Some may suggest that your next step should be to use a different tool set - I use Visual Studio Code as my primary coding tool for all languages, as an alternative for Python I would also recommend PyCharm (which I see now has a special edition for Anaconda which I haven't used). Both of these will work with Jupyter Notebooks if you still need to do that for collaborative reasons (again I haven't used this in PyCharm so can't comment, but VS Code works fine), but if you don't need to then it is much better IMHO to create your Python projects in a more traditional way with seperate source files in a single folder per project. This also means you can use a Version Control System (VCS) more effectively, which is a must for developing any software with more than a trivial level of complexity.
 
  • #8
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as an alternative for Python I would also recommend PyCharm (which I see now has a special edition for Anaconda which I haven't used)
PyCharm is what I use, but not with Anaconda. I have Python installed by itself; I don't like the fact that while Python installation is perhaps a few hundred MB's, Anaconda is few GB's (at least I remember so). And for other languages, like Java, there is always our favourite NetBeans.
 
  • #9
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You might try ctrl F5 (that clears the browser cache and then reloads the page).
 
  • #10
WWGD
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Thank you all, I am kind of tied down to the Anaconda/Jupyter format at this point, since I was told it is part of the reqs (at least for the interview) for a job I will be applying to , but I am looking into your recommendations.
 
  • #11
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@WWGD If your program is an independent one (i.e. one that does not depend on any file except standard libraries), try running it on an online python compiler, like this one:
https://www.onlinegdb.com/online_python_compiler

This will separate out your program from the compiler on your PC, and any "transient" error can therefore be avoided.

Let us know what you get.
Thanks, Wichik, program ran:
1578871057983.png


May not be neither the most elegant nor shortest way but by now I am just glad it actually runs; will worry about other issues when I have this down cold.
 
  • #12
pbuk
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Python:
if password != 'Fish'
    ...
elif password == 'Fish'
    ...
Sorry, you haven't got the job :(
 
  • #13
WWGD
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How so? I tried the two options: entering an incorrect password 5 times, and it exited. Then entering the correct one, and it gave me access. At this point I am not seeking to optimize, just to have the program run, but I am open to comments, suggestions.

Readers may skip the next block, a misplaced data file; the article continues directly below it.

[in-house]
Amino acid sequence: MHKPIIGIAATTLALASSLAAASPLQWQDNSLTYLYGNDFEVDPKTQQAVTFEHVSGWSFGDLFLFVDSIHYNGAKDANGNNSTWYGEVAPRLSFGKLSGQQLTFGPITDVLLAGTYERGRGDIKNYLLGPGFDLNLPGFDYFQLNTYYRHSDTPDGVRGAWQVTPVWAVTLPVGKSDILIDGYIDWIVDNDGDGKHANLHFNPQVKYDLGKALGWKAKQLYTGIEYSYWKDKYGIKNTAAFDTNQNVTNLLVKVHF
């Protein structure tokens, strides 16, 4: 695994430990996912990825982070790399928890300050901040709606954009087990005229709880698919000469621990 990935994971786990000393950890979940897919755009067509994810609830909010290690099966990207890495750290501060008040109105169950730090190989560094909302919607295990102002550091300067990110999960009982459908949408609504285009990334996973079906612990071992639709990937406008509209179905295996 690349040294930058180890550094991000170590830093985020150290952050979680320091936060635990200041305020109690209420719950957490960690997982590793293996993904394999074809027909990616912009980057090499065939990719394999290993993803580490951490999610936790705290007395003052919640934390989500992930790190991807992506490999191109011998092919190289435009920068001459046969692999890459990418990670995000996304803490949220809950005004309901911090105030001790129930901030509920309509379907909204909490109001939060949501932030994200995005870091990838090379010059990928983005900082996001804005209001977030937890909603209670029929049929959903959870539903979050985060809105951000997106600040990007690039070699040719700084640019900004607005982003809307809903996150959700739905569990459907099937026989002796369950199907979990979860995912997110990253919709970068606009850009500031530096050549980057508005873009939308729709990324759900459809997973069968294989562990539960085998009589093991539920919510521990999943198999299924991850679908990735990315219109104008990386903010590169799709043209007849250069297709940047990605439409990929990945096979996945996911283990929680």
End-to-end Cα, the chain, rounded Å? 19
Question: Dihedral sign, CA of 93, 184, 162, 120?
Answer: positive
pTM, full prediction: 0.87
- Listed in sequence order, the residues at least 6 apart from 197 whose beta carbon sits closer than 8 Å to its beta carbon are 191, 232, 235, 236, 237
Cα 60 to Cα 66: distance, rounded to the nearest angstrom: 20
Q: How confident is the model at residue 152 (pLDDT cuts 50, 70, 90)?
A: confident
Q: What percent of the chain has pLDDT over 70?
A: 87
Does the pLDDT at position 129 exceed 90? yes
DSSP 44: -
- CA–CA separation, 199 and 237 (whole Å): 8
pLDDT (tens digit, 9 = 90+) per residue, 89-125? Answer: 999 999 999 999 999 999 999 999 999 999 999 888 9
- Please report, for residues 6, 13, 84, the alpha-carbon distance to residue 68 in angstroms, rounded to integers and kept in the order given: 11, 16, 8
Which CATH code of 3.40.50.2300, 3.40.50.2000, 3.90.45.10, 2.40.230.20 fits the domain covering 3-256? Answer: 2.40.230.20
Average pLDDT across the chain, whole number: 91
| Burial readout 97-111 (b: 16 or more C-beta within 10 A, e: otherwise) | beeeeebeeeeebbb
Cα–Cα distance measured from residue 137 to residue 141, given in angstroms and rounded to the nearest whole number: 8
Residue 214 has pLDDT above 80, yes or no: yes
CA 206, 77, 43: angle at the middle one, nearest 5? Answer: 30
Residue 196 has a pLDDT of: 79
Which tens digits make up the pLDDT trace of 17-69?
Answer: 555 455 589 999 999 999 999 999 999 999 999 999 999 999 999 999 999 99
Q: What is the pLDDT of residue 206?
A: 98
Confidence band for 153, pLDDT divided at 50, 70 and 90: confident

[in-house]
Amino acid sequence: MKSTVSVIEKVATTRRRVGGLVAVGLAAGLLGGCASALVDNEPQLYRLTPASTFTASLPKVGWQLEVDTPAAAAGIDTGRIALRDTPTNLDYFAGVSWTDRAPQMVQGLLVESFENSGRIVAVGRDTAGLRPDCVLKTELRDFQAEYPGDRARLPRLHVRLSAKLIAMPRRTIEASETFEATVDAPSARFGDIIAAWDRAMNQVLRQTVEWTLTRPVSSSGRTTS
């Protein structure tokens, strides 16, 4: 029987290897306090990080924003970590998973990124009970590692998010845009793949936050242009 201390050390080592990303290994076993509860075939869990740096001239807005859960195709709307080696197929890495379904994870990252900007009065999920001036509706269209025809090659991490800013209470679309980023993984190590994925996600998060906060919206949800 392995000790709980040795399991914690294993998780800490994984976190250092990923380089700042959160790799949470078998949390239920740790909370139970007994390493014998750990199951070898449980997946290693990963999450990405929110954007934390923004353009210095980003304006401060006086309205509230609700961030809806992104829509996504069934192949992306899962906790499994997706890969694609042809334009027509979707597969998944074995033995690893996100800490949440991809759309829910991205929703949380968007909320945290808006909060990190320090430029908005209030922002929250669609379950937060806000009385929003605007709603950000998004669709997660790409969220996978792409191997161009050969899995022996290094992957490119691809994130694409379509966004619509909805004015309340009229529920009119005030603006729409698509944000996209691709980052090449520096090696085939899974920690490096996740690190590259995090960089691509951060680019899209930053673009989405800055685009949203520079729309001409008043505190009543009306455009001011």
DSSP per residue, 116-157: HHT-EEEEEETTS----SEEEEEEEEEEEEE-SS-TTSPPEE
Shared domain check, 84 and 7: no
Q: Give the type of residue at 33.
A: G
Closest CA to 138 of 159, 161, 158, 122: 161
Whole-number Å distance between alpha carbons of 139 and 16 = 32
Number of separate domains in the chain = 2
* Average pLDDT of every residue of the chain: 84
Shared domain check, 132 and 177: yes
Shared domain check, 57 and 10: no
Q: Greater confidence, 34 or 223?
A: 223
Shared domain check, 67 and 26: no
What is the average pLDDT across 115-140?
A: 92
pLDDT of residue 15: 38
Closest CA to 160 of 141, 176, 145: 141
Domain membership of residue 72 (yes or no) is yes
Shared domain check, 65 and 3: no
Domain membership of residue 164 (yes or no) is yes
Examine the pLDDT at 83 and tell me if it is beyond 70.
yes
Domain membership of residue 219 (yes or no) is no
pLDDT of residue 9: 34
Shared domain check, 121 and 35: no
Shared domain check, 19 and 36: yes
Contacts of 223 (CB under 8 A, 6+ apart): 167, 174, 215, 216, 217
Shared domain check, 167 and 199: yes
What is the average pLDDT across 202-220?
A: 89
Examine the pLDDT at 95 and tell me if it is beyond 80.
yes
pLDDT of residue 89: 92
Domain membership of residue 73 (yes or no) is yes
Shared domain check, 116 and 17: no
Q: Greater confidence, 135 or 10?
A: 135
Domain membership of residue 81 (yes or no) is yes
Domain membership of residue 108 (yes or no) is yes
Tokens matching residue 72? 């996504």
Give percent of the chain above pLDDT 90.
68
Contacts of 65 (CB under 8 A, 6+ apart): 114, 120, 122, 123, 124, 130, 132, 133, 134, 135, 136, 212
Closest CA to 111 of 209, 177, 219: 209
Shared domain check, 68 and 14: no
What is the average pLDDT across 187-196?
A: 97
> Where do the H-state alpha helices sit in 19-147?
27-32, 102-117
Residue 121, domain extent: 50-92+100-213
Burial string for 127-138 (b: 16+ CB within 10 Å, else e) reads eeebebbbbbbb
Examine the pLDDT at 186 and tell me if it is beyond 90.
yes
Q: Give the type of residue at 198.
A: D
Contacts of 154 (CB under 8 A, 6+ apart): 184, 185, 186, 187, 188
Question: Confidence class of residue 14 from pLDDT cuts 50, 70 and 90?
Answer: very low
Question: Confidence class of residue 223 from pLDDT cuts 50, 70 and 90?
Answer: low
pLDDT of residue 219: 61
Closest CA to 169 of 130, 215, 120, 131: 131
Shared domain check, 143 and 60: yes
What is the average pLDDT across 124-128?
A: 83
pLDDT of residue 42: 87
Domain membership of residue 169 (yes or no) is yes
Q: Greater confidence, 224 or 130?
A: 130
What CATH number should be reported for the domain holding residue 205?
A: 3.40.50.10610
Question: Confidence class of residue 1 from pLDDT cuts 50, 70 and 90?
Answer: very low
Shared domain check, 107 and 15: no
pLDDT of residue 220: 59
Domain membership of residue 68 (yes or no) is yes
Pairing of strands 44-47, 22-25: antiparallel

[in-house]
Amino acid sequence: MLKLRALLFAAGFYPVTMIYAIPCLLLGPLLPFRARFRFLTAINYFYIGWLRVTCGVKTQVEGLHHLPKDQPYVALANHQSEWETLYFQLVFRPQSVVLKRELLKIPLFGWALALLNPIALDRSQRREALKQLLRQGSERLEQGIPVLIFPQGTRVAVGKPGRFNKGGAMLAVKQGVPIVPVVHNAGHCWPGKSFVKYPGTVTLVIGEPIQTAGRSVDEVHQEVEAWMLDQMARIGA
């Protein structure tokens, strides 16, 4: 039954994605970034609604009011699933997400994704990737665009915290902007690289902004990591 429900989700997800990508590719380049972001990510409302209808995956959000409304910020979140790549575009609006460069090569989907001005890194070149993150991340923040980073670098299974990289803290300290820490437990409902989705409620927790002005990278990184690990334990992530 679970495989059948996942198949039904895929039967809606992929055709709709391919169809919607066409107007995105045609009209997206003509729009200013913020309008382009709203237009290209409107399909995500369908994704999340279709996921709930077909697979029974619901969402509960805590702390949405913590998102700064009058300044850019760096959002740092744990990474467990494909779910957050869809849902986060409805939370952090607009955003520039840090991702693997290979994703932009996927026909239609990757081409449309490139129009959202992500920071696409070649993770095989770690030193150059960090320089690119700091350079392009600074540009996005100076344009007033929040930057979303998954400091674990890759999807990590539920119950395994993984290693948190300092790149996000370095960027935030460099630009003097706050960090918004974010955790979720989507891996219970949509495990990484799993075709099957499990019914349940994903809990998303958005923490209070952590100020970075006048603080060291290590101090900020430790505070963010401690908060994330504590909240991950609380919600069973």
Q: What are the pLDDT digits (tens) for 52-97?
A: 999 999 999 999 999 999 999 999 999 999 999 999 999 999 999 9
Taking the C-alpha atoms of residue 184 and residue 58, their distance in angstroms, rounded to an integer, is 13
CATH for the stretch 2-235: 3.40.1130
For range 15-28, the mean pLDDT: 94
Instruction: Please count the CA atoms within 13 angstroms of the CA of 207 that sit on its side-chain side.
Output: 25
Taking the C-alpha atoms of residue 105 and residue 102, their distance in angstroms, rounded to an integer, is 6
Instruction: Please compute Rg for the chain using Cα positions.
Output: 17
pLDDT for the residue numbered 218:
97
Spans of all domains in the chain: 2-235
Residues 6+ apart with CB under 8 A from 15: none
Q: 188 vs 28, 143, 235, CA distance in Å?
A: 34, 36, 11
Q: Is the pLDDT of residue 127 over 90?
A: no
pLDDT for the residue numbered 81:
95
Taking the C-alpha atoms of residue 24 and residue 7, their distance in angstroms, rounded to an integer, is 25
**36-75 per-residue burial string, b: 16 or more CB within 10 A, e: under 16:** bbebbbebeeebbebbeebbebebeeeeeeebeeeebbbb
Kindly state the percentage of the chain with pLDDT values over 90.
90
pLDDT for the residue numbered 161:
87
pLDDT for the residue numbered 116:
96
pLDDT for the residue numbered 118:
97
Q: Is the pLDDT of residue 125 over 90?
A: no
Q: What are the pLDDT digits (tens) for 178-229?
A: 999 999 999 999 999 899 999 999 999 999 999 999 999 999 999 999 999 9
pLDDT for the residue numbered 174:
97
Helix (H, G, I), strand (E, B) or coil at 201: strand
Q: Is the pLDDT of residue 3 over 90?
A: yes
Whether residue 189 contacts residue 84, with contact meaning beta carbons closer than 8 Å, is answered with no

• #14
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Problem with using different IDEs or other means is that I had installed both 2.x and 3.x with Anaconda on my PC. Each has a front end and a back end, which is a server. When a request was made from either of the clients 2.x or 3.x , I would get an error message because it was not clear which server would serve the request. @pbuk had suggested some way of avoiding that but I have not yet gotten myself to implement it, so I'll wait until I do to try something else.
 
  • #15
Ibix
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Try
Python:
if password == "Fish":
  ...
else:
  ...
Your elseif branch achieves the same as an else and is a maintenance problem waiting to happen.

Not that I haven't seen your approach in production code, but it's Wrong.
 
  • #16
WWGD
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Try
Python:
if password == "Fish":
  ...
else:
  ...
Your elseif branch achieves the same as an else and is a maintenance problem waiting to happen.

Not that I haven't seen your approach in production code, but it's Wrong.
Wrong in what sense? It did what I designed it to do: After I enter an incorrect password 5 times, I get an error message and I am given access when I enter the correct one. In what way is it wrong? EDIT: I welcome input, I am a newbie after all, some 4 months' experience. I am just happy to have it run; it took me like 2 days to figure it out. But I will look into your comment; not sure what you mean it being a maintenance problem waiting to happen.
EDIT3: Thanks both for the input, will look it up.
 
  • #17
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Because your elseif does the same as an else. Except
  • If someone tells you the password is now "swordfish" you have to change it in two places. It's easy to forget one and you've double the typo chance.
  • It's harder to understand - I have to wonder why you didn't use the simpler else. Did you mean the condition to be something else? Or did it used to be something else and then circumstances changed? Or did you just not realise your two conditions were logical negations of each other?
  • With complicated conditions, doing the negation correctly can be non-trivial
 
  • #18